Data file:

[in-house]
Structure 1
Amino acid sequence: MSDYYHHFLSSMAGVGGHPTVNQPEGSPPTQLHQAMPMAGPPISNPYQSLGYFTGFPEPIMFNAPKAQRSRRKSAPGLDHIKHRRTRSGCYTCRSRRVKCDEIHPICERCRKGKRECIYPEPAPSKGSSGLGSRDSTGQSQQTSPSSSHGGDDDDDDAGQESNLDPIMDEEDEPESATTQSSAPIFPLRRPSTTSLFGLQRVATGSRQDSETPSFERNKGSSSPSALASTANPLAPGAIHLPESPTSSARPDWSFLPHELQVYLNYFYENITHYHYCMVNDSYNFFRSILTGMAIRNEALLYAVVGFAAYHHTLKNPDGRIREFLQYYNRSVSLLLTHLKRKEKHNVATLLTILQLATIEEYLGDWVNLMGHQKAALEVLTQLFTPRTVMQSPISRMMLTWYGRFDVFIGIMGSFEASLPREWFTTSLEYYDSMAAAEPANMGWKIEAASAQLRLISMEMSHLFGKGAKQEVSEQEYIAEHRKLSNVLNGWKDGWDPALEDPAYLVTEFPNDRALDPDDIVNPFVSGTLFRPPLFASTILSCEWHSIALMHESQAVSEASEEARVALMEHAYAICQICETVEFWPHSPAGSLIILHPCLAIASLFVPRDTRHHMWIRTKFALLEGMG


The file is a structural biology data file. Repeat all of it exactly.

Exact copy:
[in-house]
Structure 1
Amino acid sequence: MSDYYHHFLSSMAGVGGHPTVNQPEGSPPTQLHQAMPMAGPPISNPYQSLGYFTGFPEPIMFNAPKAQRSRRKSAPGLDHIKHRRTRSGCYTCRSRRVKCDEIHPICERCRKGKRECIYPEPAPSKGSSGLGSRDSTGQSQQTSPSSSHGGDDDDDDAGQESNLDPIMDEEDEPESATTQSSAPIFPLRRPSTTSLFGLQRVATGSRQDSETPSFERNKGSSSPSALASTANPLAPGAIHLPESPTSSARPDWSFLPHELQVYLNYFYENITHYHYCMVNDSYNFFRSILTGMAIRNEALLYAVVGFAAYHHTLKNPDGRIREFLQYYNRSVSLLLTHLKRKEKHNVATLLTILQLATIEEYLGDWVNLMGHQKAALEVLTQLFTPRTVMQSPISRMMLTWYGRFDVFIGIMGSFEASLPREWFTTSLEYYDSMAAAEPANMGWKIEAASAQLRLISMEMSHLFGKGAKQEVSEQEYIAEHRKLSNVLNGWKDGWDPALEDPAYLVTEFPNDRALDPDDIVNPFVSGTLFRPPLFASTILSCEWHSIALMHESQAVSEASEEARVALMEHAYAICQICETVEFWPHSPAGSLIILHPCLAIASLFVPRDTRHHMWIRTKFALLEGMG